It is a widely held belief that competition is good and monopoly is bad. Competition promotes innovation of product, efficiency of delivery and responsiveness of service. Market winners invest in technology and talent.

Oligopoly or monopoly produces the reverse. High barriers to entry create an inertia that ill serves customers, disincentivises investment and creates poor capital allocation. External disruptors eventually find a way of sweeping away the old model and better serving markets and customers.

So, the question is does the highly competitive London subscription market conform to that norm and deliver real value to its customers, people and shareholders? Or, have defects developed in this model to cause significant concern for our future.

Looking through the prism of Amazon

Amazon may have it detractors, but it’s impossible to not admire it. Its growth is remarkable. It is rapidly approaching 50% market share of the e-commerce sector in the United States, a market worth $400 billion. This near monopoly position has not prevented it from providing an ever-superior customer experience. It continually reinvests in research and development. Its cloud provider services are a motor for a whole wave of emergent technology driven companies which will define our era.

In contrast the specialty insurance market is subject to the highest degree of competition. No single business has as much as 4% share. Liberty is globally ranked number seven in this space and we have around 2.2%. It is a highly populated and competitive market.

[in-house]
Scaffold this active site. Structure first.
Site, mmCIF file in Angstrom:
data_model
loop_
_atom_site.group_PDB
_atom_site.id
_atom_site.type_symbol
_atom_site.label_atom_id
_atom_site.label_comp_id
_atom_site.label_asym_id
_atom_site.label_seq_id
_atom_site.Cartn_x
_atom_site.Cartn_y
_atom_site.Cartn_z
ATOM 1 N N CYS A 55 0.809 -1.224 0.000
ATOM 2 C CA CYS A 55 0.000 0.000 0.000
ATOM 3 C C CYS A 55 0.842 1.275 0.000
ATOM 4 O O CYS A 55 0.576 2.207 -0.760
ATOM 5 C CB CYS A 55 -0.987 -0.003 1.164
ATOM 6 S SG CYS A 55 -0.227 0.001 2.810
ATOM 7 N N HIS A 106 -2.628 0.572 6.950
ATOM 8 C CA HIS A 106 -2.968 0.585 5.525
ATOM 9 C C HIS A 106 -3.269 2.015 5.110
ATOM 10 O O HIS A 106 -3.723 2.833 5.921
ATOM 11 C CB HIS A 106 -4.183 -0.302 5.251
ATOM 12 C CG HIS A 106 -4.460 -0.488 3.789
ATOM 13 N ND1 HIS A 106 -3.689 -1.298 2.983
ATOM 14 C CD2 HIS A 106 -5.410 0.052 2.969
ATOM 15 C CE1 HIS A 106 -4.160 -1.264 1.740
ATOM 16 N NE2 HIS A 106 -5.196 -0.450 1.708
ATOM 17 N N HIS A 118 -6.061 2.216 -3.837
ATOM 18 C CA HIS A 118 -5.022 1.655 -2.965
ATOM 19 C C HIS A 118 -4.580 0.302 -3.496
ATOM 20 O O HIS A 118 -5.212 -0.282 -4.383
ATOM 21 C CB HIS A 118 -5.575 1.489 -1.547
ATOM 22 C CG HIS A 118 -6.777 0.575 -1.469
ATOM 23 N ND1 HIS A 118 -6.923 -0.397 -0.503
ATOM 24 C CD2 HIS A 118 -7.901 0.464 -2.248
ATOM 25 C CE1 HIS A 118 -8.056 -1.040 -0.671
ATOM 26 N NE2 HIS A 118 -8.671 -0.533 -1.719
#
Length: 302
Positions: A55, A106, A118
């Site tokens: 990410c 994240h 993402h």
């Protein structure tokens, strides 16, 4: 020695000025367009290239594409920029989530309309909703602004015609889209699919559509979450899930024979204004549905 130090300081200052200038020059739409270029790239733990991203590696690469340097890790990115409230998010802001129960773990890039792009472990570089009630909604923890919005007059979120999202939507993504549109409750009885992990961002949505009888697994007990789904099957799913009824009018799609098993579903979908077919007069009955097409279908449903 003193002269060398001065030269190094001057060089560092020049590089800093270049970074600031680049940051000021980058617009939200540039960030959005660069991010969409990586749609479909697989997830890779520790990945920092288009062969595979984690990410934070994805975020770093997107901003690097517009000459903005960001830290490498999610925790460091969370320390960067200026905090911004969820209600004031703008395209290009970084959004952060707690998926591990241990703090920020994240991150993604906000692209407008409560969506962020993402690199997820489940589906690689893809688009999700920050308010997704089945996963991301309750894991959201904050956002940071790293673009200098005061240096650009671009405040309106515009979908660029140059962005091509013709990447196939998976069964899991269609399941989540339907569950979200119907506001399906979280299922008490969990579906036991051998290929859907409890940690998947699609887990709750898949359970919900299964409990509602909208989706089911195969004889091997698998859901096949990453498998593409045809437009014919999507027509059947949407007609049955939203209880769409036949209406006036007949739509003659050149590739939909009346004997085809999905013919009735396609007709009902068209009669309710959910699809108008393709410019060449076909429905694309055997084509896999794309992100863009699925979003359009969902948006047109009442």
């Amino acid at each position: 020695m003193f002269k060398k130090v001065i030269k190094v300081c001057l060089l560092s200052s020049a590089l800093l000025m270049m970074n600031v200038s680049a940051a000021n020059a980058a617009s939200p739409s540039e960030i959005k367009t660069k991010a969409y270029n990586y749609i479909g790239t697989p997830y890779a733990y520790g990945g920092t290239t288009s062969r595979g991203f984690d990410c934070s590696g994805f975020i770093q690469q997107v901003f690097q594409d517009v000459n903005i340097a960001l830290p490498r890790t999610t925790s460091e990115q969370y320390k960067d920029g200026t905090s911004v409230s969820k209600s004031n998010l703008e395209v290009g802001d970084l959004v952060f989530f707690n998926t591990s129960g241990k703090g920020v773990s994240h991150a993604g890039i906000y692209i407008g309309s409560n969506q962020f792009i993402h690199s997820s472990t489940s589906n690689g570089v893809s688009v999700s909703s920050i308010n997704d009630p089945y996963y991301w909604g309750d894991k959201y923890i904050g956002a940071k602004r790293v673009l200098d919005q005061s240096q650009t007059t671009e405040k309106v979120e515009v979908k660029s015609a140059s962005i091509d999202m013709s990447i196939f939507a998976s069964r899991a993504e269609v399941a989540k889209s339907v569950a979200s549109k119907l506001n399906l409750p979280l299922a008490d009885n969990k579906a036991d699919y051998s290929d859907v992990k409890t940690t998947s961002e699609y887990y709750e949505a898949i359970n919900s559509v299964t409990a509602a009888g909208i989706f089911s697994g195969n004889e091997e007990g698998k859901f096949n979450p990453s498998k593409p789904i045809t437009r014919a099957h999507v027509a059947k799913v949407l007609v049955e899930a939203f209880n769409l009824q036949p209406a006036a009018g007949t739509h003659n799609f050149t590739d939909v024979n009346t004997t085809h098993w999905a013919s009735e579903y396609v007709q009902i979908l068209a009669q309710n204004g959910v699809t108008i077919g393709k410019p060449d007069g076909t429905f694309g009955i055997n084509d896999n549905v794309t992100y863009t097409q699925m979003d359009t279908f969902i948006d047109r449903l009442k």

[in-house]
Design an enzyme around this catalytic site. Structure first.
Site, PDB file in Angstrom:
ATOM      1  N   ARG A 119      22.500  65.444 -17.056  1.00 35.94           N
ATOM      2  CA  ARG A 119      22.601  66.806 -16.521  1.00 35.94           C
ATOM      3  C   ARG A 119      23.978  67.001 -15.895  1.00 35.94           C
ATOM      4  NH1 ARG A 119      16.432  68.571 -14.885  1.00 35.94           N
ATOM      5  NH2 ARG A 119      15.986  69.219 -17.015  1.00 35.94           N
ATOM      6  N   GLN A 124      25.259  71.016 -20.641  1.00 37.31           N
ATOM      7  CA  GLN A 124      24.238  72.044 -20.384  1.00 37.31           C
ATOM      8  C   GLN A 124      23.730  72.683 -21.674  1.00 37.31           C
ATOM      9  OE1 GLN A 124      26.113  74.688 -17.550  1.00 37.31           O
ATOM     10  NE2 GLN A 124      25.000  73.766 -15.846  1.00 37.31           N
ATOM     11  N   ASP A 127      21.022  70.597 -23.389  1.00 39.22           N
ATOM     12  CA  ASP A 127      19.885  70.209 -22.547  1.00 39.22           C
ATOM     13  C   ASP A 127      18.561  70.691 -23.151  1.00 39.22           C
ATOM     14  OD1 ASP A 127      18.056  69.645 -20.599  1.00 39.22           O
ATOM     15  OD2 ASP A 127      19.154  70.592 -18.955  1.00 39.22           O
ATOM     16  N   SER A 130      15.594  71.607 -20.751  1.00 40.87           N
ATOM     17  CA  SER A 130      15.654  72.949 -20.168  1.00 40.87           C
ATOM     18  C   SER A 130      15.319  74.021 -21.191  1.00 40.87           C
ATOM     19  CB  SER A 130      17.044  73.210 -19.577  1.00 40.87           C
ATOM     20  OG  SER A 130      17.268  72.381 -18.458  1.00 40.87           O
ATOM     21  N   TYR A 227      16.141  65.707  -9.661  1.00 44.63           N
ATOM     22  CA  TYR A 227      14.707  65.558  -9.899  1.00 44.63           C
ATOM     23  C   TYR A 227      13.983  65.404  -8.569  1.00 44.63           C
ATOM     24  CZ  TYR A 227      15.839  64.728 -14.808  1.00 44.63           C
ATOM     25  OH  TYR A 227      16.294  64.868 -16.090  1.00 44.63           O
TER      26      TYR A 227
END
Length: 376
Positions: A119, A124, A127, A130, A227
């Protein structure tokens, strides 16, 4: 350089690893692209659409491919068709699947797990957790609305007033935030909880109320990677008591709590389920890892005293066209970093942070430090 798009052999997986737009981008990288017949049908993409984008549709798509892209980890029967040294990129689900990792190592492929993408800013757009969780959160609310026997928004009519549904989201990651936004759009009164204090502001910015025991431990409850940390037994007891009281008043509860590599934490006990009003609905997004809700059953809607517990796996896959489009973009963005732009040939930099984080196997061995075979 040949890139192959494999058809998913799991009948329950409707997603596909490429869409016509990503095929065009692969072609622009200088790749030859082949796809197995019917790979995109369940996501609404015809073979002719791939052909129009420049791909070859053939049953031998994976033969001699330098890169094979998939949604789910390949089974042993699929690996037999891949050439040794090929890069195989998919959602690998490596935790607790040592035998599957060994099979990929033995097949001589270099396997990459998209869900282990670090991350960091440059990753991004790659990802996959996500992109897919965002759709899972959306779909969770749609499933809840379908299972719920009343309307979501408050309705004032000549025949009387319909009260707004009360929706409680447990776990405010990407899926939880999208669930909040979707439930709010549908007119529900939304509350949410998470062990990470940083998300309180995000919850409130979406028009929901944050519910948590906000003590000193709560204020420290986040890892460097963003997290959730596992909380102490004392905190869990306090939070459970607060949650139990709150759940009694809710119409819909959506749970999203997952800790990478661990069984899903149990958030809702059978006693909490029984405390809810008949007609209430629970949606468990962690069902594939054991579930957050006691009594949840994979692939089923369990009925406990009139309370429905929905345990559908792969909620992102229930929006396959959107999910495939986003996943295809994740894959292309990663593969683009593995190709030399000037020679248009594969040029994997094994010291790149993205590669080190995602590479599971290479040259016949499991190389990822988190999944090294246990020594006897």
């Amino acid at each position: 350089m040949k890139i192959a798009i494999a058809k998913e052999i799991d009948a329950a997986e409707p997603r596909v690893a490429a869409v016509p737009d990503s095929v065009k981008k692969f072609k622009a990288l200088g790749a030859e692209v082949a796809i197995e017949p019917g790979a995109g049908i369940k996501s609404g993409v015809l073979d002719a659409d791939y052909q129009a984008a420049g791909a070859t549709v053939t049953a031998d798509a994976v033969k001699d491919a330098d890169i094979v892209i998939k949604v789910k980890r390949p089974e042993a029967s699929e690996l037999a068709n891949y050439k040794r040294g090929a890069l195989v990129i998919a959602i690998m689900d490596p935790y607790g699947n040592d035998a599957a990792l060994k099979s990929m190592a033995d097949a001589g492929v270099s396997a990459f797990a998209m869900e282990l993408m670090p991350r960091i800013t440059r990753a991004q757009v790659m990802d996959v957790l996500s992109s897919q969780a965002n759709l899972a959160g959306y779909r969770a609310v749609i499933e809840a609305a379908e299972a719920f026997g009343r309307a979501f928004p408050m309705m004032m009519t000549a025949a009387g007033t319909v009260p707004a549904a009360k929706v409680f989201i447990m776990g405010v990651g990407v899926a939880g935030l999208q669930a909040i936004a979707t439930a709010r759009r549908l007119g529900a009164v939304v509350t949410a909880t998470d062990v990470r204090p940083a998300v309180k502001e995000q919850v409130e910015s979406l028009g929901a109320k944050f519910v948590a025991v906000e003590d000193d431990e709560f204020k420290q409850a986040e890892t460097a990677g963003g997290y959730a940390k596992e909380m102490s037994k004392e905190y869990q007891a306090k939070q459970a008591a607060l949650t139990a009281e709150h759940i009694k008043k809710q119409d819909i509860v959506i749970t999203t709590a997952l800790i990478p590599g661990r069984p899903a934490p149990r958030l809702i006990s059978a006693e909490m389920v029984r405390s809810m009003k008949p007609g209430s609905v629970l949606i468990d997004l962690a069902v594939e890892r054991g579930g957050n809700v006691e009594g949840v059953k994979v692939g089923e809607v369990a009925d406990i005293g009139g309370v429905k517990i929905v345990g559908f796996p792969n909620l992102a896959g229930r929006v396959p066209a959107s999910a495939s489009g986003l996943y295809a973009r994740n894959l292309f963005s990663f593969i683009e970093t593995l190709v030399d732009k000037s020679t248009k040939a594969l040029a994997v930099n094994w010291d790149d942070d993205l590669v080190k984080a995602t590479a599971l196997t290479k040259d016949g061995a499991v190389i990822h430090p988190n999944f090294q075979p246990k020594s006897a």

So, what is the result of all this competition? Our combined ratios are too often north of 100%. Our customers consistently complain about our lack of product innovation and the cost of getting the product to market is high due to poor technological solutions and uneconomic distribution methods. To put it another way, in that respect, competition may not appear to be working in the subscription speciality and commercial insurance market in the way that would be hoped.

What is not working?

There are a number of characteristics of the market that are performing sub-optimally, and how we organise ourselves as leaders and followers across market subscription placements is a key one.

When we analyse our portfolio – albeit varying by lines – we see that more than 75% of our contracts are renewals and 75% of those are as a following line. This – by dint of arithmetic – will be true of the market as a whole. And yet we collectively resource ourselves as if we are leading each contract as a new proposition. It seems that every market pretends to have genuine lead market capability in virtually every line.

Another is product development. The reality is that businesses running at a 100% plus combined ratio, with sub scale market share and offering small lines, are not going to invest in innovation. They can’t afford to. Consider cyber as an example here. Of the 60 plus businesses offering a cyber product coverage, very few are at a scale which allows for genuine long-term investment in product capability to meet emerging customer needs. Is the next business offering a cyber insurance product meeting the unmet expectations so often voiced by risk managers? Or are they another lookalike market embracing portfolio diversification?